For some it's because mRNA is a relatively new technology vaccine.  It's only been around about 10 years or so and wasn't successful until now.  So, some people are just waiting around for a few more years and FDA approval.  Currently, it's only approved for emergency use only. 

Link to comment
Share on other sites

3 minutes ago, desertflower said:

For some it's because mRNA is a relatively new technology vaccine.  It's only been around about 10 years or so and wasn't successful until now.  So, some people are just waiting around for a few more years and FDA approval.  Currently, it's only approved for emergency use only. 

And some wanted to wait and see how it did with variant(s). They want a more comprehensive injection that will last. And some say they’re not getting it if it becomes a yearly thing like a flu shot. 

 

Link to comment
Share on other sites

6 hours ago, regentrude said:

Why? Of course it would not have prevented entry by an asymptomatic person, but if you can catch people who are actually running a fever, why is that bad?
I see this as one of the many layers of protection. Does not replace masking, does not replace distancing, but adds one more layer to the swiss cheese the whole protection thing is. 

One of the early Covid patients in our hospital was a delivery driver who was identified because his temp was checked when he came to deliver something so he was tested and was positive.

  • Like 10
Link to comment
Share on other sites

1 hour ago, bookbard said:

I'm curious about the 'holding off' phrase from the article above - I've seen it before (in the US, not Australia where it is still hard to get a vaccine if you're under 40). What are they waiting for? Till they're older or till they feel more vulnerable or till they have some free time or till the vaccine is several years down the track? Or is it a phrase meaning ' we knew about it, we weren't against it, we just didn't get around to it cause it didn't seem urgent.'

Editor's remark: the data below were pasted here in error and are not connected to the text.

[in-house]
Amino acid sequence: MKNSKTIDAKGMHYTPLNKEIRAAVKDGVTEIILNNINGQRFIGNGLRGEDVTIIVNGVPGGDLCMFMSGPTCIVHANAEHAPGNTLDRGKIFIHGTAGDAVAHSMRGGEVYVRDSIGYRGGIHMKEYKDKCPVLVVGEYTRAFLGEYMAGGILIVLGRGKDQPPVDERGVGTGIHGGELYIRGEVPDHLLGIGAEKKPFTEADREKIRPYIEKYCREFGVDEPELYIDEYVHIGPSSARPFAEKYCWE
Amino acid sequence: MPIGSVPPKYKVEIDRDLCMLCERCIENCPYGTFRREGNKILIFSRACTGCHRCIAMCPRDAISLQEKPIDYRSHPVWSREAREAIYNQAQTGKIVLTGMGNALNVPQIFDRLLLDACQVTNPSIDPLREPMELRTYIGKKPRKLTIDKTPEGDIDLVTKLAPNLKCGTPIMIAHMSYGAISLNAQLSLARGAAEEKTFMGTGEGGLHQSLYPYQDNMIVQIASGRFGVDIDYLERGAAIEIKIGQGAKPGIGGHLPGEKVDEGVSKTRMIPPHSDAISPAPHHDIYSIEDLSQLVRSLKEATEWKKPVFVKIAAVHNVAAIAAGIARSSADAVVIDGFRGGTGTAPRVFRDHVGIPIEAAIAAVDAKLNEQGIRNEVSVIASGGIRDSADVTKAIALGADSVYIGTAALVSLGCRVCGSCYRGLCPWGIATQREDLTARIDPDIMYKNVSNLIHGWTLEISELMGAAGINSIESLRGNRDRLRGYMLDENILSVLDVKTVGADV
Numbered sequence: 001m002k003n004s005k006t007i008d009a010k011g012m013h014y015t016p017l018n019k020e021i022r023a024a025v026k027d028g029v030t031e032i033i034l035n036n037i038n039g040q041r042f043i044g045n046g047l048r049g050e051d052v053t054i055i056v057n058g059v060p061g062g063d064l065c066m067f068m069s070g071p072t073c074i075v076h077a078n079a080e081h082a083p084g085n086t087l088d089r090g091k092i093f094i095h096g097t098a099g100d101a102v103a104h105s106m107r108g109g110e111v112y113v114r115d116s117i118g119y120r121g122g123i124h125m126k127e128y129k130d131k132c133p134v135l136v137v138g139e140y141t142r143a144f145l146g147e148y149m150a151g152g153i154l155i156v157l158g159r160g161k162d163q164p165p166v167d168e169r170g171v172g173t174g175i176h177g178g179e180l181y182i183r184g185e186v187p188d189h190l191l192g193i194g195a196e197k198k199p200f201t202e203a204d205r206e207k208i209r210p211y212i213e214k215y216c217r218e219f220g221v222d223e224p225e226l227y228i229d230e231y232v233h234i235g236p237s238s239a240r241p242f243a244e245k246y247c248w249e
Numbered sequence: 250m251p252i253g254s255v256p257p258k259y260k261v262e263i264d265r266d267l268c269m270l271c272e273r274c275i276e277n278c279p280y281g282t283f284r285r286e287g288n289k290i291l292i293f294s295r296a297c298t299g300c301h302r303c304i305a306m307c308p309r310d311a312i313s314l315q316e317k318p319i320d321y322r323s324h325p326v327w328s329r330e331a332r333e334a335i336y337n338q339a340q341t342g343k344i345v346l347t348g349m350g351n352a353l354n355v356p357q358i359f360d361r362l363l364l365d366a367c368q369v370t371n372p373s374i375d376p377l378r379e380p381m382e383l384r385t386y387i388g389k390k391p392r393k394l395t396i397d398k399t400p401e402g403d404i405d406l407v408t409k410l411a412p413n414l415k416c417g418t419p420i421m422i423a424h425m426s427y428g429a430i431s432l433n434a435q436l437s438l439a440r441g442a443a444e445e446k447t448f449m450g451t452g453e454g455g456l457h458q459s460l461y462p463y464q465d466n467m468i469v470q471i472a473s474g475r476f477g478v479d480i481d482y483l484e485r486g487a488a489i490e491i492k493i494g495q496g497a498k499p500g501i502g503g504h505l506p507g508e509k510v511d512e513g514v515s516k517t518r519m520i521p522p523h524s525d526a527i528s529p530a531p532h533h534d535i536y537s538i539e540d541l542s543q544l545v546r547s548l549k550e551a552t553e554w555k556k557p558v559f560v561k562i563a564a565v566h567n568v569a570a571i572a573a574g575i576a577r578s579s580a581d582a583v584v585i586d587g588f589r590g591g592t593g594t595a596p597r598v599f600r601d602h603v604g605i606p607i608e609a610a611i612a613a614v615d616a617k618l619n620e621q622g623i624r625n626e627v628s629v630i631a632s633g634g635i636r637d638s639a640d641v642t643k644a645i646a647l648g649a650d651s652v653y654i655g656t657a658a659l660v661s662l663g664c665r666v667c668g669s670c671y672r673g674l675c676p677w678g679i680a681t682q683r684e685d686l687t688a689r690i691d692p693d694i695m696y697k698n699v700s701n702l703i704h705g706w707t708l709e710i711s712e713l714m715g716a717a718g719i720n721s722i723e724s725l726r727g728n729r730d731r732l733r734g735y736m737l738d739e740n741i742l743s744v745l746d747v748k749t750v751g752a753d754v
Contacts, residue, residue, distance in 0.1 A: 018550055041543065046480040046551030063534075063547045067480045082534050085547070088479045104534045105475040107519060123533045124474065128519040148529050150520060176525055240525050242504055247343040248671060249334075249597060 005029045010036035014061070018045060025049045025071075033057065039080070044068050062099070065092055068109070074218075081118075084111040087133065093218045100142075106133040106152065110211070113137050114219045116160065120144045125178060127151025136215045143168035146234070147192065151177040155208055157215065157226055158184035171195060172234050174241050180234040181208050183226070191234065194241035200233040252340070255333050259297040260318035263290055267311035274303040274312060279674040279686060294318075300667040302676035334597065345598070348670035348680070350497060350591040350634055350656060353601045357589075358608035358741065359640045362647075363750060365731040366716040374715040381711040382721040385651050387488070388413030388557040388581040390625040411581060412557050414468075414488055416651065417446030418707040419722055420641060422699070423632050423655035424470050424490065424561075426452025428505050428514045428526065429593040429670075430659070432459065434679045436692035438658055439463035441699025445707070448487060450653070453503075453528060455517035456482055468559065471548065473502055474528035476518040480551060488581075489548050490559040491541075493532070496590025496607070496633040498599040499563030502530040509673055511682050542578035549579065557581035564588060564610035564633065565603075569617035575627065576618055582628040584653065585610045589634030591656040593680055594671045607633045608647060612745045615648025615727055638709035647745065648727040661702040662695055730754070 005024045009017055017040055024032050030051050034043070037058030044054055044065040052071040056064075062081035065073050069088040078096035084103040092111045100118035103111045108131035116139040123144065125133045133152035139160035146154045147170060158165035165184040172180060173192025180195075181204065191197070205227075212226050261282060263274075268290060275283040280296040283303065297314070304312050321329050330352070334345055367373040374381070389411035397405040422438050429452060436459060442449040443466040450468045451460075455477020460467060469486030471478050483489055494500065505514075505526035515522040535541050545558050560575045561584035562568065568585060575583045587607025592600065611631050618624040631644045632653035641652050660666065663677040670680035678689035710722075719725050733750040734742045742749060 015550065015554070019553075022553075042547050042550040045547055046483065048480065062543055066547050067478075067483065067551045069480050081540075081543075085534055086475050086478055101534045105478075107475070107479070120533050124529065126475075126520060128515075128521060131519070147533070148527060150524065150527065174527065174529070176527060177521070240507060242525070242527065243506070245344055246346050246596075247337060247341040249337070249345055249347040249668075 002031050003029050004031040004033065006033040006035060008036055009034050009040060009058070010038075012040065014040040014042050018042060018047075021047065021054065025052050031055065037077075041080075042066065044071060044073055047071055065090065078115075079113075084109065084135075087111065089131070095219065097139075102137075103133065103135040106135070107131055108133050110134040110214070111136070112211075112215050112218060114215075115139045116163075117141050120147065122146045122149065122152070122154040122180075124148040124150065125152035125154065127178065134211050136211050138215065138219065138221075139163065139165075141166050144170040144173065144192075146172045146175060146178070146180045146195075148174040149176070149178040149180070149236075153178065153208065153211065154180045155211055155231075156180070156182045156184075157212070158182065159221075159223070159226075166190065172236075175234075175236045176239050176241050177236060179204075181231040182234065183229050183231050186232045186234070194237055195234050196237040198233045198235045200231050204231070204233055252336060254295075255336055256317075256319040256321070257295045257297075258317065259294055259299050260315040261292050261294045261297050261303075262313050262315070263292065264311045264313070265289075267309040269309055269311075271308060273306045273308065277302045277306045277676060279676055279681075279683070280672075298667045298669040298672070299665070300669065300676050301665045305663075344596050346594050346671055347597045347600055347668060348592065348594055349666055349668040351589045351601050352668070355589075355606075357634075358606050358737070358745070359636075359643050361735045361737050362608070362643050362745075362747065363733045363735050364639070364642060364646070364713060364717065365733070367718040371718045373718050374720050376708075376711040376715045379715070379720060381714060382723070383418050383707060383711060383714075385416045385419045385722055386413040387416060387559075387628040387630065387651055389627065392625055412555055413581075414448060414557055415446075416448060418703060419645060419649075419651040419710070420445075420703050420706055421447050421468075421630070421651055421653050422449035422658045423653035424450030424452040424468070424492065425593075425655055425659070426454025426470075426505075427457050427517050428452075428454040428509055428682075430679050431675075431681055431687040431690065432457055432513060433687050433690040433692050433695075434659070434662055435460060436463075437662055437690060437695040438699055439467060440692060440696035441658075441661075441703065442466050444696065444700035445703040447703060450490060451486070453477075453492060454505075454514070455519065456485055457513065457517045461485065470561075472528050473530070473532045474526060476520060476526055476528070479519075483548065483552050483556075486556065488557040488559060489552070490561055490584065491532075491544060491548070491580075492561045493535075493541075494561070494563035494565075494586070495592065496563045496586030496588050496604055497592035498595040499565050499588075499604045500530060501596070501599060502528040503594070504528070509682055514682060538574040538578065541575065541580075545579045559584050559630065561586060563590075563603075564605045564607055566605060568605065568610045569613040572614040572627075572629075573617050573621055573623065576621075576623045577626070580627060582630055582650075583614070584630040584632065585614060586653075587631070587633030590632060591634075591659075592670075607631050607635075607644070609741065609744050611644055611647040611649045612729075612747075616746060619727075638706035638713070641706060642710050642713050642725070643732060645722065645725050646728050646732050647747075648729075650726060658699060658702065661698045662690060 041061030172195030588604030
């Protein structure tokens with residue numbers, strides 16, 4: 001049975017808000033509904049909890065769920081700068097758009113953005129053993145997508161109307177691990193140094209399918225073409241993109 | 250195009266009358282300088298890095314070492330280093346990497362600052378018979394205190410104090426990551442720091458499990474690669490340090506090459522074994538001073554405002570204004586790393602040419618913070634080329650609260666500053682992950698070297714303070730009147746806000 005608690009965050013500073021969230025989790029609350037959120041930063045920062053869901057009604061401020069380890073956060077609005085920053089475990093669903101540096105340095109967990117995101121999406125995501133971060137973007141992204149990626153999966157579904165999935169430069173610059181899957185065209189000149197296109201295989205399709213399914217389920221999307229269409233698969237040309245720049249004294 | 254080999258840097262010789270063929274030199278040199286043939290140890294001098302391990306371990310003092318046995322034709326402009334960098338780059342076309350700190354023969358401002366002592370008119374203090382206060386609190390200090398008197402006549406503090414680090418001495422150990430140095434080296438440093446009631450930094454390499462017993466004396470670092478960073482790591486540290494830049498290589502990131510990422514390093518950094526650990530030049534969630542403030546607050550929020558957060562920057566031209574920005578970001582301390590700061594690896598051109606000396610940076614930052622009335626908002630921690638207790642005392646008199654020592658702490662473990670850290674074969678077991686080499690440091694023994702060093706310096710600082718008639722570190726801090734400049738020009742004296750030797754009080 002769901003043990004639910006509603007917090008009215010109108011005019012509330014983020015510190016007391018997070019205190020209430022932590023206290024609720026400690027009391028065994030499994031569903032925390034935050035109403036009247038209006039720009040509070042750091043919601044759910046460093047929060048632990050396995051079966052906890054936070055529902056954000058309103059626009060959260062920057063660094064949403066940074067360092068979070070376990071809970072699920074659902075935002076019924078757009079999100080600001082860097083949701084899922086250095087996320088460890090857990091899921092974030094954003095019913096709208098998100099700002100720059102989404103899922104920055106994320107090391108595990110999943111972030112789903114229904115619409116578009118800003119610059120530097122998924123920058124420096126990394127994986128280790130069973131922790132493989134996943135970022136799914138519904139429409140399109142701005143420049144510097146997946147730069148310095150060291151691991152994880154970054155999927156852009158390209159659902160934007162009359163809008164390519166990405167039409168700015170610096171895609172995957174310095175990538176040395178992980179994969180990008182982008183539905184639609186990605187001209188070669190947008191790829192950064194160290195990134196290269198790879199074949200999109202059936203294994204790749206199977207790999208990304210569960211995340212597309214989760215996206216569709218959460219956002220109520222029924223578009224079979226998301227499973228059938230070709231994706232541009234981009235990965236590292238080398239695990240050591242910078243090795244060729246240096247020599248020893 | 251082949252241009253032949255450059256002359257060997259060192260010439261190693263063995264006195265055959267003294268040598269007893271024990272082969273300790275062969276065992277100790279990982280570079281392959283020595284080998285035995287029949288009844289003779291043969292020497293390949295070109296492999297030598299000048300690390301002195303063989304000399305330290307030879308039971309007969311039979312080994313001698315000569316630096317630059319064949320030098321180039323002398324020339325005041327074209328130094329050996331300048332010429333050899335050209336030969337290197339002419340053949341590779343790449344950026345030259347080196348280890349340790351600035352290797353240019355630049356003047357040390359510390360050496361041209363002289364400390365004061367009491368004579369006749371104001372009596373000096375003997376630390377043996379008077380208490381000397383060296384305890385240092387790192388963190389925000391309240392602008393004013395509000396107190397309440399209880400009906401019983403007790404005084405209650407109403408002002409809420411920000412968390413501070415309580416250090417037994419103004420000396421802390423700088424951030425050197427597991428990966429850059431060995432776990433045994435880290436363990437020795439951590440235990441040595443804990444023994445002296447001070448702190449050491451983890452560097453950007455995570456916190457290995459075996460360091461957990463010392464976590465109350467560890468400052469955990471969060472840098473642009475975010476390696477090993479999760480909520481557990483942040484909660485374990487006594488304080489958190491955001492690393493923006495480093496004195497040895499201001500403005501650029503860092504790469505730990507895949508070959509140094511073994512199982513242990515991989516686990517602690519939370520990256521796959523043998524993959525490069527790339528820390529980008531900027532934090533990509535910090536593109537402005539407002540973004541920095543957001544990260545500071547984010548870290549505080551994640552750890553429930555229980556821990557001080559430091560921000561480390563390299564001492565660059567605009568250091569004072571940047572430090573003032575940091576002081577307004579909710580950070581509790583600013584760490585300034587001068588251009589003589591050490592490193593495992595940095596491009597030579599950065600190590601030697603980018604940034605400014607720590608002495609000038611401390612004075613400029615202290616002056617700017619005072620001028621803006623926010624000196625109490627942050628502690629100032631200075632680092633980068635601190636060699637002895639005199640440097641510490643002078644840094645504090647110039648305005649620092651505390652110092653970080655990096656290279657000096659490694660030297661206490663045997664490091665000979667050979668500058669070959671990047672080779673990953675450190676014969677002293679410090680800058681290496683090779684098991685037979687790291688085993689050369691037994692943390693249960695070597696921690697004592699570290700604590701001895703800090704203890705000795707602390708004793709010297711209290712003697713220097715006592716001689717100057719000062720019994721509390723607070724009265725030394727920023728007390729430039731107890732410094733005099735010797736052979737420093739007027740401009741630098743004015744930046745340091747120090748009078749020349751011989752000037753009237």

I was planning to wait until my teens could get it, and then go as a family and get it done together.  (This was before this Delta stuff.)  I figured that since we couldn't go around older people until my kids were vaccinated, and I work at home, there was no point in my getting the vax sooner.  (I also have a statistically low risk profile.)

My otherwise healthy brother almost died from double pneumonia some years ago.  Young people do unfortunately die of various illnesses, but it is very rare, even with Covid.  I can understand a person in his 30s not considering it urgent to get this vax.  Like me, he probably never knew anyone who had gotten very sick from Covid.

Link to comment
Share on other sites

38 minutes ago, AbcdeDooDah said:

ome wanted to wait and see how it did with variant(s). They want a more comprehensive injection that will last. And some say they’re not getting it if it becomes a yearly thing like a flu shot. 

 

But they could be dead before then. I mean, I was concerned back in say July 2020 when they were working on the vaccine. A billion doses down the track and over 4 million deaths - including young people and children? 

And that article, where they're in a packed club with people dancing and the guy's like, 'where are the sick people?' - uh, they're in the hospital, funnily enough. Seriously?